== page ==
Herpes simplex virus (HSV) can be particularly devastating on the clarity of the cornea and on vision. It is well known that HSV keratitis can recur weeks, months, and even years after the first “acute” episode. Each recurrence of herpes comes with the added risk of new corneal scarring, worsening of vision, and the possible need for a corneal transplant. In addition to treating the acute phase of this condition, if possible, we would also like to do as much as possible to prevent recurrences. This is the reason long term oral antiviral suppression is used by some ophthalmologists.
The research on HSV can be confusing due to the inherent difficulty of studying HSV and the variablity of the disease. Cochrane is a collaboration of indepent global researchers that help to answer questions such as these to make health care decisions better. In June 2016, they performed a review of three studies that examine if oral antiviral medications such as acyclovir helped to prevent recurrence of HSV following corneal transplantation. They found that oral antivirals do show some evidence of preventing recurrence of HSV in the new cornea and of reducing the chance of graft failure. These results were true for follow up for up to two years (the longest follow up time) after the transplant.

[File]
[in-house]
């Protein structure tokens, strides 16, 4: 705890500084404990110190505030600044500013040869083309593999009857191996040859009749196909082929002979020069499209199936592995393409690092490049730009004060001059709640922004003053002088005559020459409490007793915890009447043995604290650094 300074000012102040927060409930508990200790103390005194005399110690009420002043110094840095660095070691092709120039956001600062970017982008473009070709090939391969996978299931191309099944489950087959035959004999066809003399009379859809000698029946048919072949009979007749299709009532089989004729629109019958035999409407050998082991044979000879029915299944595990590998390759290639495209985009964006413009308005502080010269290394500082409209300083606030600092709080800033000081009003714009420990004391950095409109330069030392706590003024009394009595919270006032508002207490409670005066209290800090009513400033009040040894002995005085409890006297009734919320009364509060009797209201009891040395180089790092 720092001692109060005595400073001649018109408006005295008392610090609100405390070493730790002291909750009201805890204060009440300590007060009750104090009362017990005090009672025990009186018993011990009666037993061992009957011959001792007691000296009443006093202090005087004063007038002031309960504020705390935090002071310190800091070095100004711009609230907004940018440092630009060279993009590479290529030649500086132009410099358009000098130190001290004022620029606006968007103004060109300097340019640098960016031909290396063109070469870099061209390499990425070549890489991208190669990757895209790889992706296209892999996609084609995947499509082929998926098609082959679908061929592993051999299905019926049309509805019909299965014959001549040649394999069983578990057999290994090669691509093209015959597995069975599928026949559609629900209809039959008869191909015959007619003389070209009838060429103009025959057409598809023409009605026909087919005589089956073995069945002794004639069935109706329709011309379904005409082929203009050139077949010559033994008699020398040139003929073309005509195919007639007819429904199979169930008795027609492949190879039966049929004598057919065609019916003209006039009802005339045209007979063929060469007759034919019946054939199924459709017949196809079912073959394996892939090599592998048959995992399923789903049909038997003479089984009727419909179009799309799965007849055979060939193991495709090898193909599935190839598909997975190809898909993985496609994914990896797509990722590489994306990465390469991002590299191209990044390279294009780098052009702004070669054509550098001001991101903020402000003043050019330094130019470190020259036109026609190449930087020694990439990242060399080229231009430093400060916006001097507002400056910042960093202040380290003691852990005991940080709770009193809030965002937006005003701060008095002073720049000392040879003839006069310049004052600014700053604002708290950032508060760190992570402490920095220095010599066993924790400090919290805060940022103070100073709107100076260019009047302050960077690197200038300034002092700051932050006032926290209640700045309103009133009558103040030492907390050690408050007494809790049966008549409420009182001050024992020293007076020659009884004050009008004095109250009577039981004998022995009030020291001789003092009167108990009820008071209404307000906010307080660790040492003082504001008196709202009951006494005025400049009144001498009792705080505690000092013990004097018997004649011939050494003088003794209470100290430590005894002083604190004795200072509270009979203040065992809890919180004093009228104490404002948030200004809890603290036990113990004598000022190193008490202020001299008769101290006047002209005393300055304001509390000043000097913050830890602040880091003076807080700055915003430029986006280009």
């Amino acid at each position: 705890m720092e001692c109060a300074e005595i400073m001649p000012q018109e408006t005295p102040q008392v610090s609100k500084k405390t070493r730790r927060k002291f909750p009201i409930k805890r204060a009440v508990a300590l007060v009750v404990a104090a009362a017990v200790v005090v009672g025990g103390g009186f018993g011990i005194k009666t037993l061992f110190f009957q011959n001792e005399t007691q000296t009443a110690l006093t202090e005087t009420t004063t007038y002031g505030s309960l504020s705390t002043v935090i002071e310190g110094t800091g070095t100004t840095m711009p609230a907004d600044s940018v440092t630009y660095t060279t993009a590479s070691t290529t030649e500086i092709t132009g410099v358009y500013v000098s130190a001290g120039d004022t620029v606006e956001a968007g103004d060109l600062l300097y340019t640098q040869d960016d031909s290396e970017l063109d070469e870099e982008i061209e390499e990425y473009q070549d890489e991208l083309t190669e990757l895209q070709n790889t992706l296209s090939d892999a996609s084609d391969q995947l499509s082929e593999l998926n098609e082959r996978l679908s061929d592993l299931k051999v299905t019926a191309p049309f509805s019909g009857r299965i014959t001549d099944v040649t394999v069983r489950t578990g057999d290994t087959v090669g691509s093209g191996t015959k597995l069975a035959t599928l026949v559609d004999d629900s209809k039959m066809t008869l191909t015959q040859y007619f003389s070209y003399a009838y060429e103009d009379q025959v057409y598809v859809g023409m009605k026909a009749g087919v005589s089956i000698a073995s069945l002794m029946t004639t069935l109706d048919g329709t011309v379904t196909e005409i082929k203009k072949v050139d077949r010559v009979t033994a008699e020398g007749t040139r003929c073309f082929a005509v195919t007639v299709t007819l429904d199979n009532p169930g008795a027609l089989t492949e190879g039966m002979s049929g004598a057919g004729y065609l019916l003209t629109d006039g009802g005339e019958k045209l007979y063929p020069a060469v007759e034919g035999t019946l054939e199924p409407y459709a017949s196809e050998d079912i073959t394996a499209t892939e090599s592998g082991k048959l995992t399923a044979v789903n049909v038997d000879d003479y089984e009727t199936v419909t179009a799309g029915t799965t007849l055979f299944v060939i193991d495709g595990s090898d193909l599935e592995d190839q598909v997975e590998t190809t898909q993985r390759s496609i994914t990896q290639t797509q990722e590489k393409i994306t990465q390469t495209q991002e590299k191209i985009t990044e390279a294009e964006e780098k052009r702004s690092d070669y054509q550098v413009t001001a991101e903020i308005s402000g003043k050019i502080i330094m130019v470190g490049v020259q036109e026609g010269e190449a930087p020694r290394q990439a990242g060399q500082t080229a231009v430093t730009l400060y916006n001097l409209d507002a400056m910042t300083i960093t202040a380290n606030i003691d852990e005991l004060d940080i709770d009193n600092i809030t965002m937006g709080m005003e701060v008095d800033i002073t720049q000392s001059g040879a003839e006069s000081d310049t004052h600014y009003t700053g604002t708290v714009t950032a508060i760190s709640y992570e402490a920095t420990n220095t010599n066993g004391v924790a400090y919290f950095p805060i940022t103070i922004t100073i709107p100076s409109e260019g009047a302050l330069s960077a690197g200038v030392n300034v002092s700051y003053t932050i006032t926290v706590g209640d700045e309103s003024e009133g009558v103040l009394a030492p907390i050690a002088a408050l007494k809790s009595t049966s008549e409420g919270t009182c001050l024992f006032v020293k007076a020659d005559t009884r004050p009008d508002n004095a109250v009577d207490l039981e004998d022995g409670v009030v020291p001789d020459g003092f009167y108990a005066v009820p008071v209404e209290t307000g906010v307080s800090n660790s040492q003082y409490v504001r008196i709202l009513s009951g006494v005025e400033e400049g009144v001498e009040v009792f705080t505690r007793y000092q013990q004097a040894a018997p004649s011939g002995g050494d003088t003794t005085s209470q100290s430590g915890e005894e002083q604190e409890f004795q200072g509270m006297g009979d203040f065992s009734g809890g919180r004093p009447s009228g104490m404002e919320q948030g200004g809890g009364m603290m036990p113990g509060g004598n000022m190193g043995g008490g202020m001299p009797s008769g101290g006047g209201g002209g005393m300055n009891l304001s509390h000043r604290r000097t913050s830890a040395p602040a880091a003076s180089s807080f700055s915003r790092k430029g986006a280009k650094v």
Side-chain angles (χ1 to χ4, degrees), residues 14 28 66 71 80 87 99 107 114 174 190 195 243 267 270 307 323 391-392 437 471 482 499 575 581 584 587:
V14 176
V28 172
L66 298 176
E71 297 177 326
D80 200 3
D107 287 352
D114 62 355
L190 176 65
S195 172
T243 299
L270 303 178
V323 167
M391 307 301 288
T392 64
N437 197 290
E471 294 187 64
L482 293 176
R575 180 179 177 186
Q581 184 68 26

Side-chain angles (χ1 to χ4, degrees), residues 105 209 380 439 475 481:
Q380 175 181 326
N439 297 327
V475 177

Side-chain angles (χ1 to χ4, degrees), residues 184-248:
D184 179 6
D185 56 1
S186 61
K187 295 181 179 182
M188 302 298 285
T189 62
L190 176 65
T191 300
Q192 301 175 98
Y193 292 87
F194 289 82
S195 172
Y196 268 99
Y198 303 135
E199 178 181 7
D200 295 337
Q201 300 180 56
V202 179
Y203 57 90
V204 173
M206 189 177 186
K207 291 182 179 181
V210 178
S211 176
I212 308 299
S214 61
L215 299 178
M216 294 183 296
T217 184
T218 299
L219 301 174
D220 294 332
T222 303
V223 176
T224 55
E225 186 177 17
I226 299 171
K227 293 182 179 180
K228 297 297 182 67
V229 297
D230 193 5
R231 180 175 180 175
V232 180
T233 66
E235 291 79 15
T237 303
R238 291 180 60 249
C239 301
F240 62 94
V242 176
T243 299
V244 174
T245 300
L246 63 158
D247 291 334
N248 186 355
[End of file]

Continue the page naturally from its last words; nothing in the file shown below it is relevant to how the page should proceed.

Right here in Houston, I follow the reasoning of these studies to recommend that patients with a clear diagnosis of HSV cornea problems should stay on oral antiviral medications such as acyclovir or valacyclovir for long term prophylaxis against recurrence whether or not a corneal transplant has been performed.